The panel first rejected Guam's contention that the Fifteenth Amendment was inapplicable to the plebiscite because that vote will not decide a public issue but rather requires Guam to transmit the results of the plebiscite to Congress, the President and the United Nations. The panel held that despite its limited immediate impact, the results of the planned plebiscite commit the Guam government to take specified actions and thereby constitute a decision on a public issue for Fifteenth Amendment purposes.

         The panel applied Rice v. Cayetano, 528 U.S. 495 (2000), and Davis v. Commonwealth Election Comm'n, 844 F.3d 1087 (9th Cir. 2016), which respectively invalidated laws in Hawaii and the Commonwealth of the Northern Mariana Islands limiting voting in certain elections to descendants of particular indigenous groups because those provisions employed ancestry as a proxy for race in violation of the Fifteenth Amendment. The panel held that Guam's 2000 Plebiscite Law suffered from the same constitutional flaw. The panel determined that history and context confirmed that the "Native Inhabitants of Guam" voter eligibility restriction so closely paralleled a racial classification as to be a proxy for race. The panel therefore concluded that its use as a voting qualification violated the Fifteenth Amendment as extended by Congress to Guam.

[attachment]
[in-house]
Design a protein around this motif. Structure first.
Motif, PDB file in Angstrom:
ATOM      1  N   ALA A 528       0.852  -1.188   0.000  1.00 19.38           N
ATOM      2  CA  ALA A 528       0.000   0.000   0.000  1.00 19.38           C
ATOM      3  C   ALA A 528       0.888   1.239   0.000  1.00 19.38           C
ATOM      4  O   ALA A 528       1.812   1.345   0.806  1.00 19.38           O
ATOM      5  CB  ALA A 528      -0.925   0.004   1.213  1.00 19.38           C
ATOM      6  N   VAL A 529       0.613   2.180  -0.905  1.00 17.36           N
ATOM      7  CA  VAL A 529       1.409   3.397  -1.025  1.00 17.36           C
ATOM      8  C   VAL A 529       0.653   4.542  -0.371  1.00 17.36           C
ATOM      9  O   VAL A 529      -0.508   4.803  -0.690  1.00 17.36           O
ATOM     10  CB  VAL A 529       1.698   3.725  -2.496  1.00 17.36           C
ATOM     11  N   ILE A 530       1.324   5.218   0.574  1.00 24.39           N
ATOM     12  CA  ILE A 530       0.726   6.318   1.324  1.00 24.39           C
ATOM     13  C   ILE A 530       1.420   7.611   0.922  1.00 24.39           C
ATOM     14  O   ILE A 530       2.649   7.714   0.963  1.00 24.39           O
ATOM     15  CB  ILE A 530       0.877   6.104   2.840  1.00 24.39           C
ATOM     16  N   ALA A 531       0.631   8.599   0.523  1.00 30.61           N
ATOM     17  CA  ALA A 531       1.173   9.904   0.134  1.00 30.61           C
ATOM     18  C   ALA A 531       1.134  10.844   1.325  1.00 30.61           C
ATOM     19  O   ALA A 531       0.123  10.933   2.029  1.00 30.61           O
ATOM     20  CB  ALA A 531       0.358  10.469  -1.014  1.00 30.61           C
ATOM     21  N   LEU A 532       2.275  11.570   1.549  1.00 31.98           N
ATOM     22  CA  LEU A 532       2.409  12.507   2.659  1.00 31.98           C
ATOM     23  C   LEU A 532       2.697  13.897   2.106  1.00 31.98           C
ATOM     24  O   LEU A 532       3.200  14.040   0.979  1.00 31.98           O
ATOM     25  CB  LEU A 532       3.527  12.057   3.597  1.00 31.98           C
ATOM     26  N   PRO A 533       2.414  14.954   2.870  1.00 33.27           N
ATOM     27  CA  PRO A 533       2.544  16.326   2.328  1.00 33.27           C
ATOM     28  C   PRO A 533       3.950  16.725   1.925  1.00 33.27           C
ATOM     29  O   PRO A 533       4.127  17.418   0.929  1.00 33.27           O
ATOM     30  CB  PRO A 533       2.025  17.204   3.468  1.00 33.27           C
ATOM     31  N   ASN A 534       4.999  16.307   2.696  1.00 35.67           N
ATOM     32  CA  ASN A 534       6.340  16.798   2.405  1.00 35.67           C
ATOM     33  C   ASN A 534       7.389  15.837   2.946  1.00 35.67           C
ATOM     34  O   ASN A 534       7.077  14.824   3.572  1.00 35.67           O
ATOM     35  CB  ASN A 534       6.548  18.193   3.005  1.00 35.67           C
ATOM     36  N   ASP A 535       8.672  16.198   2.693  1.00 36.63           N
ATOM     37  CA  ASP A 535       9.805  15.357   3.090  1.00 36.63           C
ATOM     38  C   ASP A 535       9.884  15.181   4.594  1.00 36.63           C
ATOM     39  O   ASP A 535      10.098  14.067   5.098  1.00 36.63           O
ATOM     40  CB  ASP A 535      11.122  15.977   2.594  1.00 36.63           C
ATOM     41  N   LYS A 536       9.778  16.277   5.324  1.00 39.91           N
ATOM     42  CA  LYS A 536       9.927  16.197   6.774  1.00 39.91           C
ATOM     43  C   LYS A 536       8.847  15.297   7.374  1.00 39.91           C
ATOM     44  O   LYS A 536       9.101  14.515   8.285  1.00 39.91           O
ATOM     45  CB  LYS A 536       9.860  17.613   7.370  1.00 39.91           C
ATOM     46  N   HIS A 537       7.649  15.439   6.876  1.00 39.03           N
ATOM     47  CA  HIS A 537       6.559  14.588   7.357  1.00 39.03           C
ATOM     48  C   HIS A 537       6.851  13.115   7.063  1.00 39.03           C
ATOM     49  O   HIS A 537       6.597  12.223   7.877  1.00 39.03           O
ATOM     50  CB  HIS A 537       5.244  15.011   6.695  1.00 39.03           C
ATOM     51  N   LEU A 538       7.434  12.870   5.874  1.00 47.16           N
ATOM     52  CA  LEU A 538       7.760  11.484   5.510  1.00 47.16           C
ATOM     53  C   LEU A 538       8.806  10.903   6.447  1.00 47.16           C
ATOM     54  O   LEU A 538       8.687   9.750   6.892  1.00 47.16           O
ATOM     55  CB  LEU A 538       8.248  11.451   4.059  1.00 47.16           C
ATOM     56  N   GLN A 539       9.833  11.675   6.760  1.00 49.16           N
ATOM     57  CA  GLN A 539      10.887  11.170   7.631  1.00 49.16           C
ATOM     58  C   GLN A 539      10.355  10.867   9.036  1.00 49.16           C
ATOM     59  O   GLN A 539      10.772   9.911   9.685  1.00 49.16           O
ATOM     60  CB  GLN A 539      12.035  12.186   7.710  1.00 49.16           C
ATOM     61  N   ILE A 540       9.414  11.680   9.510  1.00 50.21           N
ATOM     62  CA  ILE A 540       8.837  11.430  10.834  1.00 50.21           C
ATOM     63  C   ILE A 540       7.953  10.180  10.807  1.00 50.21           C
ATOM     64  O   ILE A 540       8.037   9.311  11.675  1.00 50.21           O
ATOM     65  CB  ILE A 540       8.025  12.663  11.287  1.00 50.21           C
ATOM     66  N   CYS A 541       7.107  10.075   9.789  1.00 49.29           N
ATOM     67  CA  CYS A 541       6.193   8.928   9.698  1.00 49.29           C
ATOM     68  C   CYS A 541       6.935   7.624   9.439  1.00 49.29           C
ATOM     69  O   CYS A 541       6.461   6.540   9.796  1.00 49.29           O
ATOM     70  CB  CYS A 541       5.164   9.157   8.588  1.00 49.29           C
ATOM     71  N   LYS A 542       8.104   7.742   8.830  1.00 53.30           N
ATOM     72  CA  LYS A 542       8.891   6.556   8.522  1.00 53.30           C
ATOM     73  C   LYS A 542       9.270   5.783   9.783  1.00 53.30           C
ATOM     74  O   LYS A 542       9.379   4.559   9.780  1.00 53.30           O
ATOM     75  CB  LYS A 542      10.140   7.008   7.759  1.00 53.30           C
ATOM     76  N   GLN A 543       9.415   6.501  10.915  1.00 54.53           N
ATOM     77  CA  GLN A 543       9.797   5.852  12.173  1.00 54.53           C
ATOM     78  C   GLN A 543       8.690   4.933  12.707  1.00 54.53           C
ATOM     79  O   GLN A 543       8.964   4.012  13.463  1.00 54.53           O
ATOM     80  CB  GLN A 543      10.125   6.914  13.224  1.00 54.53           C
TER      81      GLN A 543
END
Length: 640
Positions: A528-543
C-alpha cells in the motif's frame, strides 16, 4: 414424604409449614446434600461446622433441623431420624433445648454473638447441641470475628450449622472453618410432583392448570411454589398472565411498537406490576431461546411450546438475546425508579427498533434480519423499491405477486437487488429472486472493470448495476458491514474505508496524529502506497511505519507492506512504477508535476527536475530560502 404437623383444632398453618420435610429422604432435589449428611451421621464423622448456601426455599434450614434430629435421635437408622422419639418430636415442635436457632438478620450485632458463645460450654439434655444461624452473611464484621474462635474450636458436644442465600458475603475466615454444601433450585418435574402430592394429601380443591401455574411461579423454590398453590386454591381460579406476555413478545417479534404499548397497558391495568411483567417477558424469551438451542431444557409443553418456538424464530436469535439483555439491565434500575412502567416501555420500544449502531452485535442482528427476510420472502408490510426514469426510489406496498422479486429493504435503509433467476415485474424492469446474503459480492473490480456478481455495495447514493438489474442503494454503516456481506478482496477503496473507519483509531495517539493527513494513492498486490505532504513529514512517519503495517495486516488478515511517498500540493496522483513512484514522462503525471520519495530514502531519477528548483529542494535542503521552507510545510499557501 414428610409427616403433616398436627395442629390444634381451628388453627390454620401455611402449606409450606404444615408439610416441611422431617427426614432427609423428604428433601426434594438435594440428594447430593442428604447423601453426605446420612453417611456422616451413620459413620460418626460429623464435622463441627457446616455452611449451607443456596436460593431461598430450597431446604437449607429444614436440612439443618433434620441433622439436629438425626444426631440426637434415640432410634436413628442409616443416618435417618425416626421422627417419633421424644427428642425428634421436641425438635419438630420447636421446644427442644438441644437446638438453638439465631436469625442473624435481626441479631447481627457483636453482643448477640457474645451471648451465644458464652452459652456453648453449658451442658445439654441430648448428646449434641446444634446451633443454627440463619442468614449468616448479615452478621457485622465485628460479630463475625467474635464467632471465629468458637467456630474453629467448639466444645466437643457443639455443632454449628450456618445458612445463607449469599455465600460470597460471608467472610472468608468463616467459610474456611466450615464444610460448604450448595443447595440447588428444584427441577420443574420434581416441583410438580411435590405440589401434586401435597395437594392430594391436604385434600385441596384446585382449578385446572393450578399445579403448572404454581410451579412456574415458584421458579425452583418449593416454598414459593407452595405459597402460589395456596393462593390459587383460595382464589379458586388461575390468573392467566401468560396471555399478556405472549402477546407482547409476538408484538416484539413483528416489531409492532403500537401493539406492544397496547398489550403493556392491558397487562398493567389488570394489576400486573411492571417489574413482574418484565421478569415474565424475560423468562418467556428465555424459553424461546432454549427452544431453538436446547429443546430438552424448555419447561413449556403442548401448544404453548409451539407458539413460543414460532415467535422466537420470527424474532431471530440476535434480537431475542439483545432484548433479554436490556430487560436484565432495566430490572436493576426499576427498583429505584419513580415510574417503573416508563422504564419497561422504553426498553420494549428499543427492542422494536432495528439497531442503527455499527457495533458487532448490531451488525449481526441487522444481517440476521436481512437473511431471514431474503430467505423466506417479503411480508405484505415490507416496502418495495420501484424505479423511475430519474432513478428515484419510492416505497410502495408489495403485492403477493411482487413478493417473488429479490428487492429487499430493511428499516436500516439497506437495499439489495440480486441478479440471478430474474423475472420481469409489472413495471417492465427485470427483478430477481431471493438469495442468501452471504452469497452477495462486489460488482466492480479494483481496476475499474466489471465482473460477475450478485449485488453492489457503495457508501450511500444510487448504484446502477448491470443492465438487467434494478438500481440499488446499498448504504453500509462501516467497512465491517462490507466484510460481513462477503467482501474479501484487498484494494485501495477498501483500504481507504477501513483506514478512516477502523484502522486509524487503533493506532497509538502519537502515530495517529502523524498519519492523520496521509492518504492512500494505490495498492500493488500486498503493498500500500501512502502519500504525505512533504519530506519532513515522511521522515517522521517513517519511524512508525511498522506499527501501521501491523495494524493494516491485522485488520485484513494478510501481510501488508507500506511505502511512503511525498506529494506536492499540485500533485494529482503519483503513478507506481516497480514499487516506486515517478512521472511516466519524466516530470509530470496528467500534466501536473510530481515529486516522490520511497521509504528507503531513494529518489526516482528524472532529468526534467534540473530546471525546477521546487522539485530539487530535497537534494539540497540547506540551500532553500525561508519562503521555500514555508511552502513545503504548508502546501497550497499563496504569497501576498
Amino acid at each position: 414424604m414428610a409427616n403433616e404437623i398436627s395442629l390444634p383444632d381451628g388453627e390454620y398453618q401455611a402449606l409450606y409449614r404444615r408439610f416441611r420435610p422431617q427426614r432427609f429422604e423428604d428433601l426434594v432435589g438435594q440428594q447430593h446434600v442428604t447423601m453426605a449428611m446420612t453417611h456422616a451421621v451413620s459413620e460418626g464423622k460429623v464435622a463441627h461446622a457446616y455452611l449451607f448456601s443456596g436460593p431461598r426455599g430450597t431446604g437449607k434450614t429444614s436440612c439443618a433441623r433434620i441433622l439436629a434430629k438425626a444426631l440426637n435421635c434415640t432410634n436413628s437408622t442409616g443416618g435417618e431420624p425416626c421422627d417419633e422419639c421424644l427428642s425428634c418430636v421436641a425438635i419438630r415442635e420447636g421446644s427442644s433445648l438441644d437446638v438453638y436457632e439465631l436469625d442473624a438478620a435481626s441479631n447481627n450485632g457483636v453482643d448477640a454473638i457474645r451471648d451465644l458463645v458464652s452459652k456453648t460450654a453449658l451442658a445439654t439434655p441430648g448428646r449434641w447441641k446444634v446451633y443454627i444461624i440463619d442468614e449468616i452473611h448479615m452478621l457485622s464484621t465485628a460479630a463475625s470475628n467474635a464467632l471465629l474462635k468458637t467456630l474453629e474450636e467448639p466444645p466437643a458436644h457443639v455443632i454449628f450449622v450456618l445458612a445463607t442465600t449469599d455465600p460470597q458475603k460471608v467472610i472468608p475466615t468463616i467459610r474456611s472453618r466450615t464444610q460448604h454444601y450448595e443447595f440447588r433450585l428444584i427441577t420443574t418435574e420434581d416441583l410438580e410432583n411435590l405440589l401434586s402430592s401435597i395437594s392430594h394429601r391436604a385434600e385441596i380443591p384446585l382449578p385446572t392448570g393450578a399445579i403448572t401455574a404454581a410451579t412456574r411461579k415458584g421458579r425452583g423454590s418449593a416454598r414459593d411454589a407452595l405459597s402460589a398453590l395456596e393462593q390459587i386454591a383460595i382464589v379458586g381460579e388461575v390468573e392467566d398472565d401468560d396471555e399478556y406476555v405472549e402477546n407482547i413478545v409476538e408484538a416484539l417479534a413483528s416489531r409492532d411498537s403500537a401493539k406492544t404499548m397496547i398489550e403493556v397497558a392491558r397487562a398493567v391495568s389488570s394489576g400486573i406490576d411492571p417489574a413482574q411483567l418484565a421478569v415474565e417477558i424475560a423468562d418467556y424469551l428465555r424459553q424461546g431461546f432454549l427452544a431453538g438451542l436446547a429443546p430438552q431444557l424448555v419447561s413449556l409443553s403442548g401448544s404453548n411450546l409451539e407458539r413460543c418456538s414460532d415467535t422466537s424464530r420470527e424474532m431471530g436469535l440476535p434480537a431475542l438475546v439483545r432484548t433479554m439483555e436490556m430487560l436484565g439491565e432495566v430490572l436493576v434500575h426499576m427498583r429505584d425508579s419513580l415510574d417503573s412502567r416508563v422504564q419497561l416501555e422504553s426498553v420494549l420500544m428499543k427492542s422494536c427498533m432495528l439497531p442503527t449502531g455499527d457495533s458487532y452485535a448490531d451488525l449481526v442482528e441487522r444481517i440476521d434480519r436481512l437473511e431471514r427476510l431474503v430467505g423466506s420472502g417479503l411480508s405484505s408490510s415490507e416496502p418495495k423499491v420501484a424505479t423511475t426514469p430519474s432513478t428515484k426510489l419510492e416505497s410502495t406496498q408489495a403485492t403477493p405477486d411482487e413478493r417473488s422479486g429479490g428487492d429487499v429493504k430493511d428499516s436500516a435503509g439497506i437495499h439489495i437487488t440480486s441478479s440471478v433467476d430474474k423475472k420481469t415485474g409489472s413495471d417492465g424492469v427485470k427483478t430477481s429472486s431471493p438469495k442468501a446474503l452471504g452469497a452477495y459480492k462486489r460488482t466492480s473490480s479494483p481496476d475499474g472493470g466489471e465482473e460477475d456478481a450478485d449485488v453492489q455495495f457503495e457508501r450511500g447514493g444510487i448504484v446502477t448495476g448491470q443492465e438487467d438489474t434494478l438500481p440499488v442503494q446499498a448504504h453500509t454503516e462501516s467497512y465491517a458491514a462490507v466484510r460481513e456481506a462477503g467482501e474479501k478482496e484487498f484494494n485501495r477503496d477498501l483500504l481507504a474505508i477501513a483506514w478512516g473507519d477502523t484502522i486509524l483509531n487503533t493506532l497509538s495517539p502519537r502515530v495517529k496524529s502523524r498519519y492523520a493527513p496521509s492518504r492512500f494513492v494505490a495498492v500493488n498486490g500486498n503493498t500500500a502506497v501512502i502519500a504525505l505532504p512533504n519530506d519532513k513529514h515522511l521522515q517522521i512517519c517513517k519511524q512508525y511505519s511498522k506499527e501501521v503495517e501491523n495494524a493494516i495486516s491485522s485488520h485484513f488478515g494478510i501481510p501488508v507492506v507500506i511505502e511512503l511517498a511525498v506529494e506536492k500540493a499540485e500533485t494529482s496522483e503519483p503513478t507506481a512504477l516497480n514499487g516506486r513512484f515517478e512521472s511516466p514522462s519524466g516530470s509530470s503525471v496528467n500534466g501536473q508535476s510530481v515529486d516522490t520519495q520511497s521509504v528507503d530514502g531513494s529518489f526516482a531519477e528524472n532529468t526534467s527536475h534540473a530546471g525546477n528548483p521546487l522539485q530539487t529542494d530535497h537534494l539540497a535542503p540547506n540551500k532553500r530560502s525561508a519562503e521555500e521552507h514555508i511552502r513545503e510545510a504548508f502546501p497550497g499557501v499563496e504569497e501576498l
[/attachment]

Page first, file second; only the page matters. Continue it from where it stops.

OPINION

          BERZON, CIRCUIT JUDGE.

         Guam's 2000 Plebiscite Law provides for a "political status plebiscite" to determine the official preference of the "Native Inhabitants of Guam" regarding Guam's political relationship with the United States. Guam Pub. L. No. 25-106 (2000). Our question is whether the provisions of that law restricting voting to "Native Inhabitants of Guam" constitutes an impermissible racial classification in violation of the Fifteenth Amendment.[1]

         Rice v. Cayetano, 528 U.S. 495 (2000), and Davis v. Commonwealth Election Comm'n, 844 F.3d 1087 (9th Cir. 2016), respectively invalidated laws in Hawaii and the Commonwealth of the Northern Mariana Islands limiting voting in certain elections to descendants of particular indigenous groups because those provisions employed "[a]ncestry [as] a proxy for race" in violation of the Fifteenth Amendment. Rice, 528 U.S. at 514. Guam's 2000 Plebiscite Law suffers from the same constitutional flaw. History and context confirm that the "Native Inhabitants of Guam" voter eligibility restriction so closely parallels a racial classification as to be a proxy for race. Its use as a voting qualification therefore violates the Fifteenth Amendment as extended by Congress to Guam.